News | January 08, 2008

OhioHealth Opens Doors to Next-Generation Hospital

January 9, 2008 - OhioHealth opened the doors of Dublin Methodist Hospital this morning, which boasts an innovative, patient-centered design, state-of-the-art technology, and a near-paperless environment making it the first in Ohio and one of the first in the country to do so.

“This is a truly different hospital,” said Cheryl Herbert, RN, president of Dublin Methodist Hospital. “The internal and external environments have been designed to break down the fear and intimidation of a hospital visit by using a less institutional feel. The layout makes sense so visitors and patients feel like everything is in the right place without feeling impersonal. And the technology for clinical applications, communications and administrative activities is second to none. We are thrilled about how well the people-friendly design and the most advanced technology available have come together here in Dublin.”

“This is not just a few extra products to reduce paperwork, but a full digital infrastructure,” said Mrunal Shah, M.D., vice president of physician services for Dublin Methodist Hospital. “The most important part is that everything is clinically integrated so we can easily find the information we need. The connectivity allows doctors to treat patients in the hospital, in their office or at home, and allows the clinician to spend more time with the patient.”

Dublin Methodist uses all electronic medical records that allow clinicians to chart patient information at the bedside and check to see what was done on the previous shift.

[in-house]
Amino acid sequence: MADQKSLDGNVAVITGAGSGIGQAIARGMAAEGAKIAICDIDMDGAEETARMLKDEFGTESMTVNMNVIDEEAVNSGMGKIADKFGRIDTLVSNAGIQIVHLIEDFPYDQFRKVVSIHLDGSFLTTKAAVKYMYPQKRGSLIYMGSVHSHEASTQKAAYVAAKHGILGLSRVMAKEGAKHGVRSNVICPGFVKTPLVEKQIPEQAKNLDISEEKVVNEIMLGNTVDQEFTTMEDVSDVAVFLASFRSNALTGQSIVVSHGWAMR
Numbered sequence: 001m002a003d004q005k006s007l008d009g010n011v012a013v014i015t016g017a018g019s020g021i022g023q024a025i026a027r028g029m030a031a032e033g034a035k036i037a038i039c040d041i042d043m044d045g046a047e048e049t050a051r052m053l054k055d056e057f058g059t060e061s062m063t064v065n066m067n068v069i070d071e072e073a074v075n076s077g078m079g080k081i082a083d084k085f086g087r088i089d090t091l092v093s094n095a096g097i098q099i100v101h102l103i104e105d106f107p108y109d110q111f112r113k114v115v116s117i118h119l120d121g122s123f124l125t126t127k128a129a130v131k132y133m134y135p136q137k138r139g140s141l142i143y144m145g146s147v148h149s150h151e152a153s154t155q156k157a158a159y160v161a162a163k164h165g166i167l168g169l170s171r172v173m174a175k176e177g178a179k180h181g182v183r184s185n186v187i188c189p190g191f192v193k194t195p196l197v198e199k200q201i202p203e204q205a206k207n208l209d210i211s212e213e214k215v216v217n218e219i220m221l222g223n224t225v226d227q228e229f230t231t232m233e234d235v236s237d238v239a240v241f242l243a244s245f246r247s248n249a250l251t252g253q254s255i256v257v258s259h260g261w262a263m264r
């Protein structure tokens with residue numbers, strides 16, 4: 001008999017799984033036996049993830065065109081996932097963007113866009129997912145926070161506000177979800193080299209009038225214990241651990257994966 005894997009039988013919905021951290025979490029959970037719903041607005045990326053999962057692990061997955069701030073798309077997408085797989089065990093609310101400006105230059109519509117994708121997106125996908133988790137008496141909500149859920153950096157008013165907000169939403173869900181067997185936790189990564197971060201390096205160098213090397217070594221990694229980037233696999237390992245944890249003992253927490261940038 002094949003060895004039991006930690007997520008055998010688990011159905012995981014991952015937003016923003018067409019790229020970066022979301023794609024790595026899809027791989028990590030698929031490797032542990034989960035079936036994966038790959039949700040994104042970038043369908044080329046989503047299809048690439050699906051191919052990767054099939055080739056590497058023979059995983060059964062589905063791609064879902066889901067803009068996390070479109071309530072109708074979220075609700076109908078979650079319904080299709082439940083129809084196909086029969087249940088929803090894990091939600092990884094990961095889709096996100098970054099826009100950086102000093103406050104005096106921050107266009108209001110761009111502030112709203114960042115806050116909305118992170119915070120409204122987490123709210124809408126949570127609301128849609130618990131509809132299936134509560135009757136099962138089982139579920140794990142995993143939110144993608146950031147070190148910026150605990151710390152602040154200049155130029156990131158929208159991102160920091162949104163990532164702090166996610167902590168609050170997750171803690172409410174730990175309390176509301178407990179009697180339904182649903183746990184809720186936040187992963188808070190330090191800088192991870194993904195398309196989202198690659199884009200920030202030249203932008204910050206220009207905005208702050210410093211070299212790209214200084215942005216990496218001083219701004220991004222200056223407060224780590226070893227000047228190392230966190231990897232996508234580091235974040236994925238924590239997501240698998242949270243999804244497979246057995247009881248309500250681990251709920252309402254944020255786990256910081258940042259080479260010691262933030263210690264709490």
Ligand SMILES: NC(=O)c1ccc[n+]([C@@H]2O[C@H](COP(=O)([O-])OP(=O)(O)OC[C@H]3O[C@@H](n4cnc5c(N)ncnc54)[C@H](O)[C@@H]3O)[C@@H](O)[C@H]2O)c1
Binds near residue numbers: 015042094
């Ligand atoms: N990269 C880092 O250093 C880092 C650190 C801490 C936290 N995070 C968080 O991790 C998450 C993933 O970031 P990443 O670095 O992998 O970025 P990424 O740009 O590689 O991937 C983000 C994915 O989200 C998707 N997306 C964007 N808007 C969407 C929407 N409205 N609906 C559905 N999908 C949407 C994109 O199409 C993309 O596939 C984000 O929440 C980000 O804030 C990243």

Other innovations include a Vocera wireless hands-free communication devices; ePrescibing, connects with eICU telemedicine services; surgical management system to automate operating room processes; RelayHealth network, an electronic system for processing patient bills and insurance claims;
online access for healthcare staff to patient information when and where it is needed at the point of care; and a computerized physician order entry system supports doctors as they make decisions and place patient orders.

The hospital is also using bar-code scanning technology, which allows nurses to scan patients’ arm bracelet IDs so bar-coded medications can be scanned and compared, ensuring they get the right dose of the right medication, at the right time.

“Dublin Methodist Hospital is the future of healthcare happening right in front of us,” said Thomas Harmon, M.D., medical staff president for Dublin Methodist Hospital. “The design and technology are focused on improving patient care at every level. This is not technology for technology's sake - it is making us better doctors.”

Dublin Methodist is one of 53 members of the Pebble Project, a joint research effort between The Center for Health Design, a nonprofit research and advocacy organization, and forward-thinking healthcare providers. The purpose of their work is to improve the quality of patient care, the quality of work life, the financial efficiency of an institution and to improve patient outcomes through evidence-based design and research.

For more information: www.ohiohealth.com/Flash/Dublin_Tour/index.html

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